Term Paper: Required Labeling of Genetically Modified Foods

Pages: 5 (1483 words)  ·  Bibliography Sources: 4  ·  Level: College Junior  ·  Topic: Agriculture  ·  Buy This Paper

Genetically Modified Foods Should Be Labeled

Genetically modified foods are making up an increasing portion of the world's food supply. Generally, foods are genetically modified in order to either for efficiency or enhancement. That is, foods are modified either to increase the quantity/cost ratio or to enhance the crop's taste or durability. Generally, genetically modified foods are attractive to food manufacturers because they provide cost savings and increased certainty for crop yields.

Genetically modified foods have been linked to various human diseases and deformities. These foods have been speculated to cause paralysis, allergic, and bacterial infections, among other things. (Ohio State University, 2000). Genetically modified foods have also been linked to diseases affecting non-human life, such as the genetically modified pollen contaminating the larvae of the monarch butterfly species. (Nature, 1999, p. 214).

Genetically modified foods present threats not only to individual health, but also to the environment. Genetically modified crop strains have been suspected of causing soil problems in countries where they have been recently introduced. Also, genetically modified foods are widely considered to be harmful to plant life. Thus, genetically modified foods are not only an issue for individuals, but also for whole societies and national governments.

Thesis: According to the philosophical of John Stuart Mill, genetically modified foods should be labeled. The risk of harm to consumers caused by omitting warning labels far outweighs the harm to food manufacturers from attaching warning labels. Mandatory labels would achieve the greatest amount of good, notice/information, for the greatest amount of people, all consumers of genetically modified foods. On the other hand, the harm resulting from mandatory labels would be borne by relatively few in society, manufacturers.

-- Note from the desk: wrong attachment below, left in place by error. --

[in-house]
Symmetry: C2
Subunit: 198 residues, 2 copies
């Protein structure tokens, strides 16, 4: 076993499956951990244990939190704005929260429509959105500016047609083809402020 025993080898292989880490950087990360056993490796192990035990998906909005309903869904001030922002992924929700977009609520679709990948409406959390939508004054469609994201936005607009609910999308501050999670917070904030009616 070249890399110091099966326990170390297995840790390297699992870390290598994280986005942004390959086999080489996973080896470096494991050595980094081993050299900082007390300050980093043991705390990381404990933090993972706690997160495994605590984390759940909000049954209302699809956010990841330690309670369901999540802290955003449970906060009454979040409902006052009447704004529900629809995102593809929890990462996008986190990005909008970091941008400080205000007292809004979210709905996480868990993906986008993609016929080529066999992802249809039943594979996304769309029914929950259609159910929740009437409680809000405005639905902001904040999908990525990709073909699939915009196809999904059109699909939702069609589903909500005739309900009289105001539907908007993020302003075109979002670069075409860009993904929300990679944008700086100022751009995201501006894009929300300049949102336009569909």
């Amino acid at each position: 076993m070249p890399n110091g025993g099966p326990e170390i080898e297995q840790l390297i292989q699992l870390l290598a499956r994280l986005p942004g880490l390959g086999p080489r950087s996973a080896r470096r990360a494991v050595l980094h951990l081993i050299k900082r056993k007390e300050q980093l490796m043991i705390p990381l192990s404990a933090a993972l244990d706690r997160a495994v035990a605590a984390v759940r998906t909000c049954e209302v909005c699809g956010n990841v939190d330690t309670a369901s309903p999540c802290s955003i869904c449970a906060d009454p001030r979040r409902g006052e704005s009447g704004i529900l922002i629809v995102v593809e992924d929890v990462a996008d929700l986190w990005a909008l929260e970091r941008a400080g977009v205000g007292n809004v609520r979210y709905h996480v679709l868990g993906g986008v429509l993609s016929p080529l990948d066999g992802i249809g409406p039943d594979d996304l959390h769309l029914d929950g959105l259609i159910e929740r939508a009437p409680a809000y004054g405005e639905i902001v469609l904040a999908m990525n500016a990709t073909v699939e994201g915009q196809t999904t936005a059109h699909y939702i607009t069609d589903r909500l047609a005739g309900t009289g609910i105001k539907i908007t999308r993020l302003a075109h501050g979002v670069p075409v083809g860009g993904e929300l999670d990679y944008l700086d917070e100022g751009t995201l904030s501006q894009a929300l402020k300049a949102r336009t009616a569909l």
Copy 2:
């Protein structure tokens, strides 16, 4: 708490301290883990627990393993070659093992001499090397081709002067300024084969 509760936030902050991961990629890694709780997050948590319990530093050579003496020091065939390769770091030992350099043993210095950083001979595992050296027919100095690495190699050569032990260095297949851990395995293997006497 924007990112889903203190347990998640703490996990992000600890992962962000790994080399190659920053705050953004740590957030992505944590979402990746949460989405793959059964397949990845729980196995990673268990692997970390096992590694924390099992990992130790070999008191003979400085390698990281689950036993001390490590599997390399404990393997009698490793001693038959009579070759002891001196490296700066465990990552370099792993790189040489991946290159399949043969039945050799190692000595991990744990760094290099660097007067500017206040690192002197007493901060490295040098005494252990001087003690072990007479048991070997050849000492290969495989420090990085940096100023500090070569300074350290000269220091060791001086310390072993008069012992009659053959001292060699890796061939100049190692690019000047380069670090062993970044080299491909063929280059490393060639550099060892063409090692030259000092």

Background

Harm

The controversy over genetically modified foods involves a situation where one group in society, food manufacturers, present a risk of harm to a larger group in society, consumers. Here, the consumers' advocates claim that there is strong evidence that genetically modified food, which utilizes new and unproven technology, has caused harm to human life, non-human life, and the ecosystem in general.

However, there have been no absolutely conclusive studies confirming the harmfulness of genetically modified foods. Because there it is no conclusive evidence confirming that it is not harmful, consumer advocates believe that potential consumers of such foods be warned. Food manufacturers, on the other hand, believe that, since there is no conclusive evidence confirming that it is harmful, it is unnecessary and unreasonable to require warning labels on the food.

Government's Duty to Prevent Harm

Government is indicated in this controversy because of two main reasons. First, Government has a general duty to ensure public safety. Second, in many capitalist countries, Government has assumed a role in the protection of consumers.

The type of government response in dispute here is the concept of government-mandated warning labels on all genetically modified foods. According to consumer advocates, these labels would accomplish both of these government duties. First, labels would protect public safety by warning and thereby preventing unwilling consumers from eating genetically modified foods. Second, labels would accomplish consumer protection objectives by giving consumers adequate notice and warning about what type of product they are purchasing.

Rights of Manufacturers

The government solution in dispute, mandatory labeling, affects the basic rights of manufacturers as a group in society. Food manufacturers are also entitled to the protection of the governments with regard to their property rights. Government regulations which make the operation of business excessively burdensome or expensive might frustrate the commercial objectives of businesses altogether. In countries with strong protections on property rights, such as the United States, excessively burdensome regulations may even be considered s a deprivation of private property by the government, under the reasoning that lost profit is lost property.

Background on John Stuart Mill's Philosophy

John Stuart Mill was a highly influential philosopher working the 19th Century. He was particularly prominent in the areas of moral philosophy, political philosophy, and economic philosophy. Because of his extensive work in each of these areas, Mill's philosophical views are very instructive for this particular dispute, as the dispute involves the moral considerations attached to human health as well as the economic considerations attached to regulating businesses.

Of particular interests here are Mill's views on the relationship between the individual and society. Mill views this relationship as frequently contentious, though not necessarily so. Mill is concerned with the individual's duty to society and the government's relationship with the individual. Although Mill would probably claim… [END OF PREVIEW]

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